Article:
The only other time I put together a show was a San Diego Comic-Con party with Flattbush, Upsilon Acrux, and The Binges with DJ sets by Free The Robots way back in 2009. Looking back, that was a pretty rad lineup! So it makes sense that Bradley from Flattbush would facilitate my second-ever gig. He serves drunks at Alex’s Bar but also books shows now and then. This one came together at the last minute and I am very grateful to my friends who put themselves out there during the deadest part of the holidays to take part.
First up was my old friend Sandy Yang. You might have caught her work with noisy or arty combos (The Red Krayola is both) but her solo gigs are rather rare. I recently caught her second one (at The Smell) in a few decades and was proud to present her third with members of HowardAmb and Tom Watson (The Red Krayola, Slovenly, Mike Watt’s Missing Men). I loved her deconstructed, understated vibe at The Smell but this show was something different altogether with extra confidence, power, and restraint courtesy of the guitar interplay and the HowardAmb guys channeling their rock roots. The Throbbing Gristle cover was amazing!
Next up was Bongoloidz, a.k.a. the solo project of Fredo Ortiz, who I’ve recently bumped into at Giant Robot Biennale 3 and the Refused/The Bronx show at the Fonda. You might have seen him play with everyone from The Bronx to Beastie Boys to Los Lobos–not to mention frequent jams with the likes of Money Mark, Tommy Guerrero, Ray Barbee, or all of the above. His solo stuff ranges from punk rock to hip-hop to cumbia, and it turns out he and his crew can rip at all of the styles equally well in a live setting. So stoked that a guy who has gone on a tour with the Beasties, Sonic Youth, and Bikini Kill would play Long Beach’s finest dive bar and bond with me over Jawbreaker. So awesome.
Headlining the show was It’s Casual. Eddie Solis’s band just played a packed show at The Troubadour, so I was kind of surprised and amped that he would play this much smaller show. I guess it was fitting since this is where I was first blown away by It’s Casual, bought an LP, and became a fan and now a friend. As always, the local duo brought its ultra heavy yet cerebral brand skate rock with 110 percent energy: “The New Los Angeles,” “Too Many Kids,” and brand-new material off The New Los Angeles II. 2012 was a big year for the SST Records-inspired heshers with a new album, podcast, and a ton of press for “The Red Line” video by Rick Kosick, and this was a perfect way to usher in 2013.
Bonus review! The very next afternoon, I caught an all-ages crust and hardcore matinee at The Echoplex. I love seeing friends rip it up but sometimes you have to check out something new, and I had never caught any of the bands in this lineup. First up was ACxDC. Not the arena rock band that releases new material exclusively through Wal*Mart but SoCal’s own antiheroes of powerviolence. The latter probably encapsulates the “Highway to Hell” ethos better than the Australian band’s post-Bon Scott lineup with a brutally heavy and hard, dark, and awesome sound.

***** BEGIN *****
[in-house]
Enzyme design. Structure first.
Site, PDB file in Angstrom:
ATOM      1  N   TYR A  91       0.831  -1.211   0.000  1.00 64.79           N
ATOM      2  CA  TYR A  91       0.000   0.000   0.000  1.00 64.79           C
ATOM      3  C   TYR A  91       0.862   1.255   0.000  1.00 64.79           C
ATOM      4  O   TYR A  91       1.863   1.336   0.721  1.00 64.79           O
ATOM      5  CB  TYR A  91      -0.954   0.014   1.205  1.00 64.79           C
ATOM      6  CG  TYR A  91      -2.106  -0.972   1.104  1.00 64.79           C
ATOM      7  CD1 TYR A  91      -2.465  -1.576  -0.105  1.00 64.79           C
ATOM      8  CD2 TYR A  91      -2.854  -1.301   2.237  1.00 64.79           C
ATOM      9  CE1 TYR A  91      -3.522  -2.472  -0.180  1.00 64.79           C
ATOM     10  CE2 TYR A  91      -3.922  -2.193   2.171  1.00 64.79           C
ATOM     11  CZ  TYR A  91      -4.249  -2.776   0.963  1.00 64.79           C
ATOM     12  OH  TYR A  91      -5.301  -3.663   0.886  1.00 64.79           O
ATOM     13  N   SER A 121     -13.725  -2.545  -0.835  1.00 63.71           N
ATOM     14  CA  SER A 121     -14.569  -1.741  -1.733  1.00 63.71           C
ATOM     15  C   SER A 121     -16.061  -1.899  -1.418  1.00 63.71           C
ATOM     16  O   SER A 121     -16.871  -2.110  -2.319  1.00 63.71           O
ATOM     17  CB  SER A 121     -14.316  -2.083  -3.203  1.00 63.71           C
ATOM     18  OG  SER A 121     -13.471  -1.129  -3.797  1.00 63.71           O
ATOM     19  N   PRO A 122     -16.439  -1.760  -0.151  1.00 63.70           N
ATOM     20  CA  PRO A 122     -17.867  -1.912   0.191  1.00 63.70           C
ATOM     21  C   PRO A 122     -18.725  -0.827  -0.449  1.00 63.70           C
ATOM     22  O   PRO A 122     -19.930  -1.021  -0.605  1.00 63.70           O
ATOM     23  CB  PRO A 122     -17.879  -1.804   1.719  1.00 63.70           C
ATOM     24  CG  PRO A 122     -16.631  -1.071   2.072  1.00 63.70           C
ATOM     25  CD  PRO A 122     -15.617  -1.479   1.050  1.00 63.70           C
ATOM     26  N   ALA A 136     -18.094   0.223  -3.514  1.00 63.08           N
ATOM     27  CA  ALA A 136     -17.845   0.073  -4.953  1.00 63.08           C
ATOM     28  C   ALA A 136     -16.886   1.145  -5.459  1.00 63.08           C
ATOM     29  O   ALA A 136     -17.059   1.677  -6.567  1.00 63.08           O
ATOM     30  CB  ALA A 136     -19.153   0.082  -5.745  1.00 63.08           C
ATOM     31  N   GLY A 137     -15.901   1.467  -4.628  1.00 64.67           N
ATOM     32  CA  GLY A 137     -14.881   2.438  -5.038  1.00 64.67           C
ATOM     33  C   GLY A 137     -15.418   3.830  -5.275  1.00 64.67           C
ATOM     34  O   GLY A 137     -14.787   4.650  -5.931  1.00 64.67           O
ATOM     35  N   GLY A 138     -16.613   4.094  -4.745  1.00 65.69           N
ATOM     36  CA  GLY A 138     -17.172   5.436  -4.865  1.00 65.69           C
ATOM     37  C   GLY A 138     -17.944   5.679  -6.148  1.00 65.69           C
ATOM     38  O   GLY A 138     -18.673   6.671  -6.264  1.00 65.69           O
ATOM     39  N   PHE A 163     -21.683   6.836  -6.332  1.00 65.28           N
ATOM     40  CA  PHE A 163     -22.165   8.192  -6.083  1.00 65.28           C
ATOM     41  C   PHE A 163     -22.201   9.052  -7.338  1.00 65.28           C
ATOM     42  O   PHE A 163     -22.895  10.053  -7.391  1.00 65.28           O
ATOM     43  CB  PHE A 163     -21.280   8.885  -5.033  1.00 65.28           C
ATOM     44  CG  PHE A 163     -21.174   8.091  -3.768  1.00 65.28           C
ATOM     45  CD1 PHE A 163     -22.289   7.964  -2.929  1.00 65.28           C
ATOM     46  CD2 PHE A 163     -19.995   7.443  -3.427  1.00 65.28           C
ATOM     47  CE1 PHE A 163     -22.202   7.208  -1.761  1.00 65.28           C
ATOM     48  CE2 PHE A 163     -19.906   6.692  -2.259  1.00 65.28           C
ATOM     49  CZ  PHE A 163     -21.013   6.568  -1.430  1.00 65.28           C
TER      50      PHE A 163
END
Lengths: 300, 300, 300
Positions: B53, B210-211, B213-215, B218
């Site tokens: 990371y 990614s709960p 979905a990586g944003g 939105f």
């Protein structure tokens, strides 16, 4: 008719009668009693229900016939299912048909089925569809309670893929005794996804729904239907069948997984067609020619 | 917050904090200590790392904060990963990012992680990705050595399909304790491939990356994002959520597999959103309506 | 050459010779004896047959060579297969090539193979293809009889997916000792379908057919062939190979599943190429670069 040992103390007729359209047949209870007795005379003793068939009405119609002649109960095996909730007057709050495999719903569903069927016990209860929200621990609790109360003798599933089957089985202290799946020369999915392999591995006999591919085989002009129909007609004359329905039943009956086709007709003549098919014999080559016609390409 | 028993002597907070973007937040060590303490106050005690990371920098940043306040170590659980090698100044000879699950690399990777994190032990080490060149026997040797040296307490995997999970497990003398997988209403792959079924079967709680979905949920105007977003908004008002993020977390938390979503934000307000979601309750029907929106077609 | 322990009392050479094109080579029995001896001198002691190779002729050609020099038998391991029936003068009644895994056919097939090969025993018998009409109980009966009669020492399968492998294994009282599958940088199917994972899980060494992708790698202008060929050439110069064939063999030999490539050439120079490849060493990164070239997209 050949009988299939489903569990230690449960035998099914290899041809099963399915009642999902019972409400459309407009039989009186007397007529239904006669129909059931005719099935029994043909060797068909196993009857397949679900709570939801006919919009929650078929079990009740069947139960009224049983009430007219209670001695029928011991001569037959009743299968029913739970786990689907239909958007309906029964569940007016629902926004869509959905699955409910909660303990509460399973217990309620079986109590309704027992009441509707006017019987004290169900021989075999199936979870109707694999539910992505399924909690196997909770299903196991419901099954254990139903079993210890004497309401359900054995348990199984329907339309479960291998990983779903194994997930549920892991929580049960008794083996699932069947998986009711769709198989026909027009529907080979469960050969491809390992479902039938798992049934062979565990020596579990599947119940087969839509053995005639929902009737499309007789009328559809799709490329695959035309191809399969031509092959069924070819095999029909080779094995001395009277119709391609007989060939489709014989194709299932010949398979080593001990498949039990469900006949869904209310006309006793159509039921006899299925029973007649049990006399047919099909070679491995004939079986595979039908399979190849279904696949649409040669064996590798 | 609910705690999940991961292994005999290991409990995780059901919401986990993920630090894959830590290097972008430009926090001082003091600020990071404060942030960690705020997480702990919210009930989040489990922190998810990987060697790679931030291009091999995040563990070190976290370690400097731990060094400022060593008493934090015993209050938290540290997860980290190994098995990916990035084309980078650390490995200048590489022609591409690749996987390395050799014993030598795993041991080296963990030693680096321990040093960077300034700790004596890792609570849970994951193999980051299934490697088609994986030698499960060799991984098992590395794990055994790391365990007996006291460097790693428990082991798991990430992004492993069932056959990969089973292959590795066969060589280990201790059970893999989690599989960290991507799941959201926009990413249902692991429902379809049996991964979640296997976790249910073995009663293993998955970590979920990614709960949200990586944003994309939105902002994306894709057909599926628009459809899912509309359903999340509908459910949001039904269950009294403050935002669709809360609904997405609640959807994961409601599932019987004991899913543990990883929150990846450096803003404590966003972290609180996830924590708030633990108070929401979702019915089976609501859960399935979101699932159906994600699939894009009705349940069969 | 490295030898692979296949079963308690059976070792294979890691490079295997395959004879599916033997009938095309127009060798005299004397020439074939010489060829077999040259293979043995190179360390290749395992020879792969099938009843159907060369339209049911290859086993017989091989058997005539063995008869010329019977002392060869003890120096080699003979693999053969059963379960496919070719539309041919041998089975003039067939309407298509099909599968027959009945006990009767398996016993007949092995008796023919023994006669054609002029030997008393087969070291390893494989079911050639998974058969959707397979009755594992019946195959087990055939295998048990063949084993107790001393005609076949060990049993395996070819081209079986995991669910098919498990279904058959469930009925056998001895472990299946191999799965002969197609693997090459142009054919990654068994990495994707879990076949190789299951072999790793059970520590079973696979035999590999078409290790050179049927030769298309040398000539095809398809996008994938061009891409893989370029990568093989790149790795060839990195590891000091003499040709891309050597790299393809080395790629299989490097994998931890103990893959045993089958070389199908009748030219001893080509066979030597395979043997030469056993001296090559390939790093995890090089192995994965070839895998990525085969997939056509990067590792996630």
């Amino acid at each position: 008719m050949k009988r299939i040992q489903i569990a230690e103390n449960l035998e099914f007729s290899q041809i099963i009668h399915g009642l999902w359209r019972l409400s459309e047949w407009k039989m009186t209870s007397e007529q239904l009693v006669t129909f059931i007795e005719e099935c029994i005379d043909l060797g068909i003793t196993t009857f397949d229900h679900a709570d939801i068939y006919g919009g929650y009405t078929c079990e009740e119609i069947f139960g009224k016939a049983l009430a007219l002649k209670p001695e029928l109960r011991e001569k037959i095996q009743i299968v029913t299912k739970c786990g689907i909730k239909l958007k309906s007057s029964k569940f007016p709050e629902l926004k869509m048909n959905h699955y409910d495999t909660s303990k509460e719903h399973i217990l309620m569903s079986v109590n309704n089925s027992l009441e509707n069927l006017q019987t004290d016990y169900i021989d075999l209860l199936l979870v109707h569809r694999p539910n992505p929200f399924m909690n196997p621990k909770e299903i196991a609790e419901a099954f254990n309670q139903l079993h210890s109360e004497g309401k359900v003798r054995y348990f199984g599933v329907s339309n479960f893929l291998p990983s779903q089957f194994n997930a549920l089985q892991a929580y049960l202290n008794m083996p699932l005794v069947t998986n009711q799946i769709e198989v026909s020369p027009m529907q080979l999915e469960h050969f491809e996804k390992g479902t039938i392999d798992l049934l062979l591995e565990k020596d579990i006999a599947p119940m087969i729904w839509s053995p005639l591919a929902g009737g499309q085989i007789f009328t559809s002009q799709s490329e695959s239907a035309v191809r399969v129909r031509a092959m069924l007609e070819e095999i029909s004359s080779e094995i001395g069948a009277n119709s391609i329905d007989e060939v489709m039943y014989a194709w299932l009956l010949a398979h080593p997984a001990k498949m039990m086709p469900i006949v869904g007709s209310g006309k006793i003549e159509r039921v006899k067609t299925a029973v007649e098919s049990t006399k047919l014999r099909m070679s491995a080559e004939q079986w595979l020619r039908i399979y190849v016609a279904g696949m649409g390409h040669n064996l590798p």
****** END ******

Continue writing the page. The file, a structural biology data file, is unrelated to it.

Fraude was next, mixing in MMA moves and tambourine into its stoner-positive hardcore sound. I’m serious! Very heavy, very different, and very cool. Bands like this and ACxDC are reasons to catch the openers, and these two in particular seem to play often on bills together. Check them out if they roll into your town and buy some 7″s off them.
DNF presented the most straightforward crusty hardcore of the evening, with little if any breakdowns or metal riffage. A nonstop barrage of grind and sludge without chit-chat or messing around, and featuring members of Trash Talk and Touche Amore. Of the openers, they easily drew the biggest and most raging pit. Because of their serious demeanor and guitarist wearing a Discharge shirt, I thought the acronym would stand for something like “Democracy’s Not Freedom” or “Denounce Non Facts” but it really stands for Duke Nukem Forever…
Finally, Limp Wrist. Singer Martin Sorrondeguy is a legend in political and Latino hardcore because of to his previous band Los Crudos. As Crudos flew the flag for the oppressed, Spanish-speaking punks on either side of any border, Limp Wrist is the hardest and heaviest queercore band around. Not cutesy about the gay experience like Pansy Division or ironic with Tom of Finland style like Turbonegro, but venting about homosexual oppression the same way a classic hardcore band would rail about Reagan or the A Bomb. The most raging hardcore possible from a guy dressed in a leather cap with short shorts.
Yesterday, my ears were still recovering from the back-to-back rad shows as I was driving around with Wendy and she remarked that she wishes she attended the recent King Tuff show with me. That was totally understandable because she had been working long hours and was on the cusp of being sick, but that got me thinking. Since my brother and I were taken by our dad to our first concert in 1983 (The Clash at the US Festival) there is a handful of shows that I will always regret missing (Love & Rockets at Fender’s and the final Ramones show at The Palace for starters). Yet I have never ever regretted going to one. Something to remember as you make your resolutions for 2013… Seeya at the next show.